Couple of stories before we get going on this post.
1. I went to graduate school (for business/organizational development) from 2012 to 2014. It was a little bit off-task, to be sure. In the first semester of the first year, we had three base classes: one was on Microeconomics, one was on Training and Development, and one was on Stats and Reasoning. (C) is essential. Big data is legitimately “a thing.” (B) is important, especially if you’re interested in helping with training or developing employees, which a lot of people in the program were. (Talking more broadly about HR might be a rabbit hole, though.) Micro-Econ always confused me. It’s important to fundamentally understand, yes, but the focus/function of this program was mostly getting people into corporate rotational jobs — in those jobs, you’re not often drawing S and D graphs, you know? One time, I told the head of the program that Micro should be replaced with a Public Speaking/Presentations course instead, to ground the students in doing that. She deflected it and said it had always been done that way. That’s a common response to a lot of things you say in life, and it sucks.
2. I worked at McKesson in summer 2013. I talked about it a little bit here. I also mentioned it briefly here. Near the end of the summer I was there, we had to give presentations to higher-ups, etc. Most of these consisted of a slide deck and some narration in front of a group of people, which people commonly refer to as “a presentation.” My final one had about eight slides. I already knew I probably wasn’t getting a job at the company afterwards, and honestly, part of me couldn’t care less. (Transparency.) So I did eight slides, focused on key information, delivered, and exited. The girl I shared an office with? She sent me slides to edit. 71. I actually think it might have been 90. These were 15-minute presentations, OK? It’s literally impossible for a human to take 90 slides and go through them in 15 minutes, not to mention a total fucking fool’s errand.
3. Once met a guy who worked directly Jack Welch, a management icon. He told me that if you couldn’t make your point to him in 3-5 minutes or with a 1-sheet, he was basically like, “NEXT!!!” I like that. Honestly … most transactions are pretty simple to explain on face. They might be complicated to implement, yes, but in terms of explaining them? “There’s a need here. We could fill it by doing X-thing and it will make us Y-amount of money.” Done. Donzo.
The thing is, just like most people can’t effectively manage, most people can’t present worth a damn. I’ve been working, give or take, for 12 years now. I’ve probably sat through 4-5 good presentations in total, and probably 1,400-1,500 awful ones. I’d honestly say that’s the breakdown.
I often wonder why this is, and I come back to the central concept that presentation skills could be inherent in a person — i.e. charisma — or simply that it’s not taught enough. Both could be reasons.
There’s this idea, though, that I discovered in Harvard Business Review. Obviously there are cultural differences inherent in many aspects of business — right now I’d argue that US/Asia divide is flummoxing a bunch of companies — but one we don’t often talk about is this idea:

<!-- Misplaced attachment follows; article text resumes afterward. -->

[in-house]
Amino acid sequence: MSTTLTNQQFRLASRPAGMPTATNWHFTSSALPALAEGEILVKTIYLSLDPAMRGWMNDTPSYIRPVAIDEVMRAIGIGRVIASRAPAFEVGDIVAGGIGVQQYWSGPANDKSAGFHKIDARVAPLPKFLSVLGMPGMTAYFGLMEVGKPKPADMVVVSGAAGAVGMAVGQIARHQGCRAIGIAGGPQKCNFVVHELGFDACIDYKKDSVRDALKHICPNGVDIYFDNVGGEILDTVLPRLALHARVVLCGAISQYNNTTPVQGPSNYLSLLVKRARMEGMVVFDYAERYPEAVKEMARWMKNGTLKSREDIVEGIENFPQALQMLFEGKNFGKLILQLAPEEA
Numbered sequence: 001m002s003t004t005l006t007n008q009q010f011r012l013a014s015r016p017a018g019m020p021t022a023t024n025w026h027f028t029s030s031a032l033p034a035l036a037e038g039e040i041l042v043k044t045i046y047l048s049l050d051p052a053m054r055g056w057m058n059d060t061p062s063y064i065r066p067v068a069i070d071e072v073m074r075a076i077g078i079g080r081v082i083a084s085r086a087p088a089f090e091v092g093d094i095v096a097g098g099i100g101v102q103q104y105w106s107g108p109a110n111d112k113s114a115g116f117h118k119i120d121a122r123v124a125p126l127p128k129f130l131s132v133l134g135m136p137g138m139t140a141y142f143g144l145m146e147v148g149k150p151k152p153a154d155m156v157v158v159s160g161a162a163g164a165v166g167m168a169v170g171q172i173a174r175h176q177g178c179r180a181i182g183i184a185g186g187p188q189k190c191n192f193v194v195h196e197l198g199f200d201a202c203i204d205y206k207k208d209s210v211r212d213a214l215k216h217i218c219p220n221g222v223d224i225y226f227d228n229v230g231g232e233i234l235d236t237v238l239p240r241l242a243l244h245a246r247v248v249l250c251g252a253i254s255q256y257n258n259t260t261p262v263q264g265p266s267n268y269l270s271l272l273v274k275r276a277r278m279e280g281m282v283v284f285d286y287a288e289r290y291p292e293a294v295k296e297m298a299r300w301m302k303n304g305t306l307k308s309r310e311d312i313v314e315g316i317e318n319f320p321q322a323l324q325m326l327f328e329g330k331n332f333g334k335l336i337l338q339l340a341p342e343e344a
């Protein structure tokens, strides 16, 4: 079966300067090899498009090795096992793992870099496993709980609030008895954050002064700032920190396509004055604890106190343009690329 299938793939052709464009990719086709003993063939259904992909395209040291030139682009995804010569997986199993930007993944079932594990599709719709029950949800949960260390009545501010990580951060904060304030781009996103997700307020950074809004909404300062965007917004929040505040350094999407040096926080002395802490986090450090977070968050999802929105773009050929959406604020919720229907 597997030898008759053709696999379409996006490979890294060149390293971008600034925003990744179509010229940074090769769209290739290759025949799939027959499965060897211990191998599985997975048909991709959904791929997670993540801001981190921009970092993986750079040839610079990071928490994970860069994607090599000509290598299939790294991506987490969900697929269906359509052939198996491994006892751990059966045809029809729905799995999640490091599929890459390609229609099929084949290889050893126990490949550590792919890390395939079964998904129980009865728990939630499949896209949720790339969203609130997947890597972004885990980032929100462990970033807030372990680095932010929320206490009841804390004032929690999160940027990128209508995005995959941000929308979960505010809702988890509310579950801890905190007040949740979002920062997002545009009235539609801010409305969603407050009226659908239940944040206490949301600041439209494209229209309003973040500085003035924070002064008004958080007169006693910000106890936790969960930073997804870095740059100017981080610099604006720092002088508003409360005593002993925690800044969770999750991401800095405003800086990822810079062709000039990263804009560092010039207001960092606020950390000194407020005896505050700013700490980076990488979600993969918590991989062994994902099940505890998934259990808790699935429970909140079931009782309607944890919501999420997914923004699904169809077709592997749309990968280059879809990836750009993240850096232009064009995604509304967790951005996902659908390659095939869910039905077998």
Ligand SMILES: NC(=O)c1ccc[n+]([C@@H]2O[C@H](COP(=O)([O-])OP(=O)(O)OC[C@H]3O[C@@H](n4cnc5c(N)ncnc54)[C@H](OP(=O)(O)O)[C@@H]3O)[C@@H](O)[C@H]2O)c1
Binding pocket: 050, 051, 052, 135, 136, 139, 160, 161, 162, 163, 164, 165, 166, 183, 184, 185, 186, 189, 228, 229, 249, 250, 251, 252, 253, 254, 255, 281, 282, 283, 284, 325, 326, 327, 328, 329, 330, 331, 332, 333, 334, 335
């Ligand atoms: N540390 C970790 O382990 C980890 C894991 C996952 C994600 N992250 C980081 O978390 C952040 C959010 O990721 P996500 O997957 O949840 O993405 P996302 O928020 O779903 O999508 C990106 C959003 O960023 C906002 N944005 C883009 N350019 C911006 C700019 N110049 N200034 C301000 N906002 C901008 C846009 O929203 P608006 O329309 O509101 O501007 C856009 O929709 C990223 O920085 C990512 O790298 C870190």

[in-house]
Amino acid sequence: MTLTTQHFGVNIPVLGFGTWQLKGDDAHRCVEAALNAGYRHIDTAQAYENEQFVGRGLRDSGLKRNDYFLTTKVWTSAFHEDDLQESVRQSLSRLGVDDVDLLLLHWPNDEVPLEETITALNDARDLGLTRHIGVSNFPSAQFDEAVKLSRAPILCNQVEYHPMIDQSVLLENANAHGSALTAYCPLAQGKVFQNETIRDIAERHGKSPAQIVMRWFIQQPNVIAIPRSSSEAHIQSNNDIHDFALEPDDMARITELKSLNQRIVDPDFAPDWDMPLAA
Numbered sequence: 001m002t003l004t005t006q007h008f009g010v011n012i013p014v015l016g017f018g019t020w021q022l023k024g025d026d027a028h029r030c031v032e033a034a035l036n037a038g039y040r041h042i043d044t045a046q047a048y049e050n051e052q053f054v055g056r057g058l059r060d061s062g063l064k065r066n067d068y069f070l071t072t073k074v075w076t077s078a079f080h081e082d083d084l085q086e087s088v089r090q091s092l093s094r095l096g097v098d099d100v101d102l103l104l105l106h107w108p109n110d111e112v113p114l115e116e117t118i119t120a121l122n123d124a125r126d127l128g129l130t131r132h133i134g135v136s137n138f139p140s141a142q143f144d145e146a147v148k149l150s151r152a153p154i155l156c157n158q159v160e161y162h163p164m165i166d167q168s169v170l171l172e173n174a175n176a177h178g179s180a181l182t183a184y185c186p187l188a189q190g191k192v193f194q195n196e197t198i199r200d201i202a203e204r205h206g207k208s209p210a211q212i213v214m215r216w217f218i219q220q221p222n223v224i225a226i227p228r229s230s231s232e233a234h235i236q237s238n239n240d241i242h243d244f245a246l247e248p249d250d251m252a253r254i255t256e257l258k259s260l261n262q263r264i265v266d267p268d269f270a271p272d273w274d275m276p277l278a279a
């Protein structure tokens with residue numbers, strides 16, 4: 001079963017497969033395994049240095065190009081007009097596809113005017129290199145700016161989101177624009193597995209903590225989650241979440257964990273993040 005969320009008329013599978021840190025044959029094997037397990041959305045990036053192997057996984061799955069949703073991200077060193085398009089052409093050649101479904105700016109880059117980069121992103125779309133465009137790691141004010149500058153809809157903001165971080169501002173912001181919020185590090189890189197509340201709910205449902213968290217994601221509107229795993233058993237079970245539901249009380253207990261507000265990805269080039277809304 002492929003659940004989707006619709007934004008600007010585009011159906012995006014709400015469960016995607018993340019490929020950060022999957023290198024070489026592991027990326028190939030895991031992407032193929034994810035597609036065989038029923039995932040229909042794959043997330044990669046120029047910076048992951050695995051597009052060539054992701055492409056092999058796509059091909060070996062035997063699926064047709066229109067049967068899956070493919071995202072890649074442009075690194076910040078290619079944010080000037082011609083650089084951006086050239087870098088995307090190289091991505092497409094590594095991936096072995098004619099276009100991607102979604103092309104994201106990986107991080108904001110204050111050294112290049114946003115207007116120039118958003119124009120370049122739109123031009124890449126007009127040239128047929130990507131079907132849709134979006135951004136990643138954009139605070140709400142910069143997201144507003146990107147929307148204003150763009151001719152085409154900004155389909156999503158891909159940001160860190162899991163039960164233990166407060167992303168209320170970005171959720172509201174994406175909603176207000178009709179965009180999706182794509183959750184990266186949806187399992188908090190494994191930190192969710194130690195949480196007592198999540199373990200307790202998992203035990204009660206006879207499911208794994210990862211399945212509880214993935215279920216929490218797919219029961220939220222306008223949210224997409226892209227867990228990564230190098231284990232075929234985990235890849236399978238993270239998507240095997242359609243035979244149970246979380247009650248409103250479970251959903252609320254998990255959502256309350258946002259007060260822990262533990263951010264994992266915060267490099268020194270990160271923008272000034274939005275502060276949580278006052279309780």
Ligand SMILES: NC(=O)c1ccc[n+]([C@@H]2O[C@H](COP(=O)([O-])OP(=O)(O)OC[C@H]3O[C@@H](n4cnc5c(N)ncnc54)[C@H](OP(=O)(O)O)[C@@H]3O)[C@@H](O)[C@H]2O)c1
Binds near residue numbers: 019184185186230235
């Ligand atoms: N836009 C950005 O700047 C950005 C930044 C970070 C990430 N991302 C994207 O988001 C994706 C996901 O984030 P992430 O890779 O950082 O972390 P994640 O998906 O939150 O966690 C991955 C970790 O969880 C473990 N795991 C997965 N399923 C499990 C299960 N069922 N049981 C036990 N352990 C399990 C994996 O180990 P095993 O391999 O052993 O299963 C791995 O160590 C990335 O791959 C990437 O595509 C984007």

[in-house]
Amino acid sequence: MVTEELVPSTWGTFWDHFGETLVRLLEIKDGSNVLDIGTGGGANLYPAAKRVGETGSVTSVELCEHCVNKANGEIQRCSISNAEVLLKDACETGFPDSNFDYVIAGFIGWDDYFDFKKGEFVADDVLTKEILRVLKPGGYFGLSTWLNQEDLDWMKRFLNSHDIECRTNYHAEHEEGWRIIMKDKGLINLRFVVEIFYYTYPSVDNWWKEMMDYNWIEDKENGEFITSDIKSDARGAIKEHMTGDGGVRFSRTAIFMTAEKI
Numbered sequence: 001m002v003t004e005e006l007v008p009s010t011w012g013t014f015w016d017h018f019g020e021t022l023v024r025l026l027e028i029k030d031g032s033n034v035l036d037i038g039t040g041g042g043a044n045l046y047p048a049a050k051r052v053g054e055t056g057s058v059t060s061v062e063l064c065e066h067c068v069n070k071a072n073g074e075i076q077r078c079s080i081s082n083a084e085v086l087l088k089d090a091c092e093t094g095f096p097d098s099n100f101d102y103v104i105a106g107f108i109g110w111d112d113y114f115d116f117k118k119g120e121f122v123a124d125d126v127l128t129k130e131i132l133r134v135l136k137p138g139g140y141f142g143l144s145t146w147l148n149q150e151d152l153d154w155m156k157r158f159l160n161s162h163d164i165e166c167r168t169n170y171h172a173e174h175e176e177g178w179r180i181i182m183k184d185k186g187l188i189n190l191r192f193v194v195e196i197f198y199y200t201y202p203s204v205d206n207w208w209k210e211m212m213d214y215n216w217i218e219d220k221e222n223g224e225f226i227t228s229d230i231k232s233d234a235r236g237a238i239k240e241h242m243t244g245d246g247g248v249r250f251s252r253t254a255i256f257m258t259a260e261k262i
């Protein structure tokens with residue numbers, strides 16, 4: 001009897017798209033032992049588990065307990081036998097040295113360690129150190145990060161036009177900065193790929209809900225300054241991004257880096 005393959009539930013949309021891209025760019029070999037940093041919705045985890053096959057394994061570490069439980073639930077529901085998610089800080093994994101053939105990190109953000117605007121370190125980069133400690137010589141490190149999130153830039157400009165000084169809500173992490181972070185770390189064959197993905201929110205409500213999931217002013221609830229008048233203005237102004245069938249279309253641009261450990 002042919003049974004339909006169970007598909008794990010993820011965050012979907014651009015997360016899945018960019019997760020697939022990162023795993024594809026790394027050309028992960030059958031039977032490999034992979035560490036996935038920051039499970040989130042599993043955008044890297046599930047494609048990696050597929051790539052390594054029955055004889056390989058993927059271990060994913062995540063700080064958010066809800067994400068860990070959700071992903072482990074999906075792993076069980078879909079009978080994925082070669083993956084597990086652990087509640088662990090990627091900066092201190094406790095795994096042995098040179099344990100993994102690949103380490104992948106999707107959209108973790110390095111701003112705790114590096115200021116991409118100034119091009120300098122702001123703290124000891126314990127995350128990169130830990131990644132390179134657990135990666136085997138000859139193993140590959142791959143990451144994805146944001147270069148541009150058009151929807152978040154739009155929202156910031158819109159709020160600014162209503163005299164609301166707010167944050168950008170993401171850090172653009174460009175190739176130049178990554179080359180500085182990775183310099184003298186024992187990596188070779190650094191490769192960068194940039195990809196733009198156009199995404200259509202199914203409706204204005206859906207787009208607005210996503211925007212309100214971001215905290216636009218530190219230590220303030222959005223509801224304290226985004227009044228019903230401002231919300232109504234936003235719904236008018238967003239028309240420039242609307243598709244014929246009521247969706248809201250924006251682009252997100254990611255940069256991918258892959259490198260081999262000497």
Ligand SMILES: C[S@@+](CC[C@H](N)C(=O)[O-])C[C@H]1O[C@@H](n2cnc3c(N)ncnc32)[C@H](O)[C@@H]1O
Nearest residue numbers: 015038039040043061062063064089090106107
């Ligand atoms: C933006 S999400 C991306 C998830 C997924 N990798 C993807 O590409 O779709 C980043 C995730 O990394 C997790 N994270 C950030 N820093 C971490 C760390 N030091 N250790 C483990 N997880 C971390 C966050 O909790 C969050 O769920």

Principles-first reasoning vs. applications-first reasoning.
Principles-first is more common in Europe and associated countries; essentially, those types of thinkers begin with the why. They want to know the reasoning and ideas behind a strategy before action starts.
Applications-first is more common in the U.S. and other more Western nations, and it tends to focus on the how. General conclusions come from factual observation, and the focus is on the actual process of getting stuff done.
If you’ve ever worked even 2 minutes in an American office, this shouldn’t surprise you: almost everything is about how and process, to the detriment of actual human involvement sometimes, and that also created a massive management/leadership hole which Simon Sinek and others were able to get famous by driving a mack truck through:
Oftentimes, this is why presentations can flop — not necessarily that you’re doing every presentation cross-culturally, but … presentations are often part of meetings, and meetings are made up of disparate groups of individuals at different points in their day, with different priorities, thinking about different things, etc.
This is what happens with presentations: some people are on a different page, some want info one way (why), others want it another way (how), some people shouldn’t even be in the meeting, etc.
I do think, though, that everyone needs to learn how to give presentations at some point in their academic/professional arc. Of course some people will still be better at distilling a message or using jokes or being charismatic, but everyone needs to understand the basic ideas inherent in speaking, condensing a big idea, etc. That’s literally 10-15 times more valuable than base academic knowledge — because you can be the smartest fucking person on the planet, but if you can’t stand up in front of others, organically or inorganically, and explain exactly what attitudes of yours are so smart, you’re not going to actually be considered smart. (Tree falls in the forest stuff right there.)
Point being: think about things like how and why, and think about these skills within your own life. Even if you’re a total desk jockey, you never know when you may have to explain an idea to someone or go big with a concept. You need those skills — for reals.